Seville (Spanish: Sevilla [seˈβiʎa], see also different names) is the artistic, cultural, and financial capital of southern Spain. It is the capital of Andalusia and of the province of Sevilla. It is situated on the plain of the River Guadalquivir, with an average elevation of above sea level. The inhabitants of the city are known as Sevillanos (feminine form: Sevillanas) or Hispalenses. The population of the city of Seville was 699,145 as of 2007 (INE estimate). The population of the metropolitan area (urban area plus satellite towns) was 1,450,214 as of 2007 (INE estimate), ranking as the fourth largest metropolitan area of Spain.
Seville is more than 2,000 years old. The passage of the various people instrumental in its growth has left the city with a distinct personality, and a large and well-preserved historical centre.
The city was known from early Roman times as Hispalis. The nearby Roman city of Italica is well-preserved and gives an impression of how Hispalis may have looked in the later Roman period. Existing Roman features in Seville include the remnants of an aqueduct.
After successive conquests of the Roman province of Hispania Baetica by the Vandals and Visigoths, in the 5th and 6th centuries, the city was taken by the Moors in 712 and became an important centre in Muslim Andalusia. It remained under Muslim control, under the authority of the Umayyad, Almoravid and Almohad dynasties, until falling to Fernando III in 1248. The city retains many Moorish features, including large sections of the city wall.
Following the Reconquest, the city's development continued, with the construction of public buildings including churches, many in Mudéjar style. Later, the city experienced another golden age of development brought about by wealth accumulating from the awarding of a monopoly of trade with the Spanish territories in the New World. After the silting up of the Guadalquivir, the city went into relative economic decline.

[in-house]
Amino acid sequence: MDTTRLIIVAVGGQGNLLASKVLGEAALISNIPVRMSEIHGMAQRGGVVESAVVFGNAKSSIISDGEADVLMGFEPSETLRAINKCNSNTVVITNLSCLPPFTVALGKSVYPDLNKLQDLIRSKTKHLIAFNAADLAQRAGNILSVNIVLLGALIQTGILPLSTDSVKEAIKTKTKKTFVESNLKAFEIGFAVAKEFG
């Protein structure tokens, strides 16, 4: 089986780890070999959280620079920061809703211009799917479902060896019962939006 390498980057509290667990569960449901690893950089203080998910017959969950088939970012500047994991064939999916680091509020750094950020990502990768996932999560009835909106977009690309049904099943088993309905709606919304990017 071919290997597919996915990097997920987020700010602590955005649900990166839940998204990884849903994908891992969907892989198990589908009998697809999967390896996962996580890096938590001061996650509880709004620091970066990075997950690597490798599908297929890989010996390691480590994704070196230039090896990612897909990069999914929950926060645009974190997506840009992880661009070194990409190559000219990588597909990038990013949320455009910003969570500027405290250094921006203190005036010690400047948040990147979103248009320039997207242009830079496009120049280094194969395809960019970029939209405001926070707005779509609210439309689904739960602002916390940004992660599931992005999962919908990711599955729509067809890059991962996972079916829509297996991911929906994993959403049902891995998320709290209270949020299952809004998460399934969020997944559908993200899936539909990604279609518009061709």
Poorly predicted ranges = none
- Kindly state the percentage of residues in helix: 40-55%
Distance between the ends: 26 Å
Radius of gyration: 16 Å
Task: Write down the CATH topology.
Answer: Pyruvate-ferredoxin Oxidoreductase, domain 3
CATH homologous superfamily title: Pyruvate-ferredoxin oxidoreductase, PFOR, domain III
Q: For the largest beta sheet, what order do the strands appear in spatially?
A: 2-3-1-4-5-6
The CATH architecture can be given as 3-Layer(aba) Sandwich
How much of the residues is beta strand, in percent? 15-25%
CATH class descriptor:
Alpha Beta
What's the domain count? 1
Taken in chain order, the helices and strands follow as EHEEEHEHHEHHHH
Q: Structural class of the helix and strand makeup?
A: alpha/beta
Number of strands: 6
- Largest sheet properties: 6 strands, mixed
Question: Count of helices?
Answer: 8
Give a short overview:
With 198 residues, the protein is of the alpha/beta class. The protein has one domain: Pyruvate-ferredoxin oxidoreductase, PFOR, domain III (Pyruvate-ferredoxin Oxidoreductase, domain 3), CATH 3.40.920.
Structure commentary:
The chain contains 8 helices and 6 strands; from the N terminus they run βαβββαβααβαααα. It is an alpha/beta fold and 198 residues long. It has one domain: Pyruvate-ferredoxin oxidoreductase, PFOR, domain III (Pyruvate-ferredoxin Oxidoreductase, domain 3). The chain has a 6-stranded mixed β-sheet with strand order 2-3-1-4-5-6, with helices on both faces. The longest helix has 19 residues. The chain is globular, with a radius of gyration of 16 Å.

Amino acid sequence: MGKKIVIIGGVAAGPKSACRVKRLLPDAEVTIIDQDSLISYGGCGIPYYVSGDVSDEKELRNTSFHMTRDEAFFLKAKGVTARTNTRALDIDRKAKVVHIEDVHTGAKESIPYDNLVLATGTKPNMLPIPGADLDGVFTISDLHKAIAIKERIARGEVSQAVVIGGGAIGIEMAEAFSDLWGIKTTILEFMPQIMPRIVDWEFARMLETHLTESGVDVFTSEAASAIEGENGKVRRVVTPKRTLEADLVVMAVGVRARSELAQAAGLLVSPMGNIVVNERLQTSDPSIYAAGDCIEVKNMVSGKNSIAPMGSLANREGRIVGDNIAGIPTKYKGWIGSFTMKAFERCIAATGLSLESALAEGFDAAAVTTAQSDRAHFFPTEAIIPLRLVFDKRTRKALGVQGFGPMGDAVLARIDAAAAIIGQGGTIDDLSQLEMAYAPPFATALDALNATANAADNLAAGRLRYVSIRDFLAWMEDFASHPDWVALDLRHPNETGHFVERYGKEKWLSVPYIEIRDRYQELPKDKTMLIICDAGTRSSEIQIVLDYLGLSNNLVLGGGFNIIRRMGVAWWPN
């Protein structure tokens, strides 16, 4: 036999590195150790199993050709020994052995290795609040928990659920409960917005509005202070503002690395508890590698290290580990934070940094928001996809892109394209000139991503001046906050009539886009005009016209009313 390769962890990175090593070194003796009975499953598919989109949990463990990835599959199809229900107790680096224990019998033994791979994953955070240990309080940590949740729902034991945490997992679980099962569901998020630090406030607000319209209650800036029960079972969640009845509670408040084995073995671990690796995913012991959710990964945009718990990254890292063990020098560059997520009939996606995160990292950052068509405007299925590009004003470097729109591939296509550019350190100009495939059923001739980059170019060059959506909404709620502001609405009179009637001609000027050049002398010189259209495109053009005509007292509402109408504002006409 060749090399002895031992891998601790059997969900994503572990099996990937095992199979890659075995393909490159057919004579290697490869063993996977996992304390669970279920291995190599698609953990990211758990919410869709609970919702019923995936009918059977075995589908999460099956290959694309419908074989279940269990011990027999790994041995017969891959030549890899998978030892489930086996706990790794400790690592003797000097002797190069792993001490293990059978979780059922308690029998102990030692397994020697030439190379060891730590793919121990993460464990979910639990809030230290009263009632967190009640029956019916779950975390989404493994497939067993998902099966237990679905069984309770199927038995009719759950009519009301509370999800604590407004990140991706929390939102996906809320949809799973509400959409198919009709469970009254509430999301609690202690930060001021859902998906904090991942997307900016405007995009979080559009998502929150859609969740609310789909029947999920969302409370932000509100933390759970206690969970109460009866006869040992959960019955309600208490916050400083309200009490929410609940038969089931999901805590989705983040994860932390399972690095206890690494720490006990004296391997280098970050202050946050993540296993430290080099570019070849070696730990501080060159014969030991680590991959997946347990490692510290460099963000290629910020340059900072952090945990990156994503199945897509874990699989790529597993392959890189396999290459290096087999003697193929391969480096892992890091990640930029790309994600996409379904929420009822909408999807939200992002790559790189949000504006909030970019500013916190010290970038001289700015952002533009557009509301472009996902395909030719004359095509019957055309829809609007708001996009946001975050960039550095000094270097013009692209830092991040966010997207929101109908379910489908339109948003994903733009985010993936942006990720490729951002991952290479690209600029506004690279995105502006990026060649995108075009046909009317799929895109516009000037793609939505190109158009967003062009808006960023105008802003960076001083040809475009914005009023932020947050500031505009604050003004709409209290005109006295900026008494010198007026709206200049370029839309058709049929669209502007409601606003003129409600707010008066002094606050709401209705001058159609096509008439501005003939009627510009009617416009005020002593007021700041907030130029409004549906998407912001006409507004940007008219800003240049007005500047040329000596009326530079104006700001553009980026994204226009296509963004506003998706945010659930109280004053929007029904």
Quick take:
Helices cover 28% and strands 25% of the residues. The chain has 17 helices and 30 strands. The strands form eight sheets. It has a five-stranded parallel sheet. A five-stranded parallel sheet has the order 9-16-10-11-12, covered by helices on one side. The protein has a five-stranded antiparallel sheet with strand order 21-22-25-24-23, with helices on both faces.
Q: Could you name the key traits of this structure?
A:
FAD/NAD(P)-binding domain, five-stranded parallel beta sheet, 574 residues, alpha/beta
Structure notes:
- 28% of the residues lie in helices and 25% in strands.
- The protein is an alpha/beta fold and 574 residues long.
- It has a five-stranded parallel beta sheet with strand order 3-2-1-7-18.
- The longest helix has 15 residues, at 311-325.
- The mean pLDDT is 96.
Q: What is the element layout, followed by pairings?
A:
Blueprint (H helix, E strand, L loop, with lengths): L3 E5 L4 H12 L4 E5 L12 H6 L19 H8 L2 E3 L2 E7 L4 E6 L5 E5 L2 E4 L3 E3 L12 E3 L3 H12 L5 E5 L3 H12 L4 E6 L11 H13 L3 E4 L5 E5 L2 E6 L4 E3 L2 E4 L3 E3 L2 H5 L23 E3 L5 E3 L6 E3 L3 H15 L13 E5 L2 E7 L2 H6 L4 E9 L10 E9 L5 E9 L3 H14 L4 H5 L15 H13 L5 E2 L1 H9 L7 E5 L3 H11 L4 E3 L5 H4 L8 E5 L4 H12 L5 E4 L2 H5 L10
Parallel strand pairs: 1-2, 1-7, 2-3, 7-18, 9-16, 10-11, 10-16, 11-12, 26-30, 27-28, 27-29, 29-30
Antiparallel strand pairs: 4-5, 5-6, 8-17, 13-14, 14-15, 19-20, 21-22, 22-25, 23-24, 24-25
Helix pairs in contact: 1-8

Seville's development in the 19th and 20th centuries was characterised by population growth and increasing industrialisation.
Seville fell very quickly to General Franco's troops near the beginning of the Spanish Civil War in 1936 due to its proximity to the invasion force coming from Morocco. After the initial takeover of the city, resistance continued amongst the working class areas for some time, until a series of fierce reprisals took place.
Main city sights
The city's cathedral
was built from 1401–1519 after the Reconquista
on the former site of the city's mosque
. It is amongst the largest of all medieval and Gothic
cathedrals, in terms of both area and volume. The interior is the longest nave
in Spain, and is lavishly decorated, with a large quantity of gold
evident. The Cathedral reused some columns and elements from the mosque, and, most famously, the Giralda
, originally a minaret
, was converted into a bell tower
. It is topped with a statue, known locally as El Giraldillo
, representing Faith
. The tower's interior was built with ramps rather than stairs, to allow the Muezzin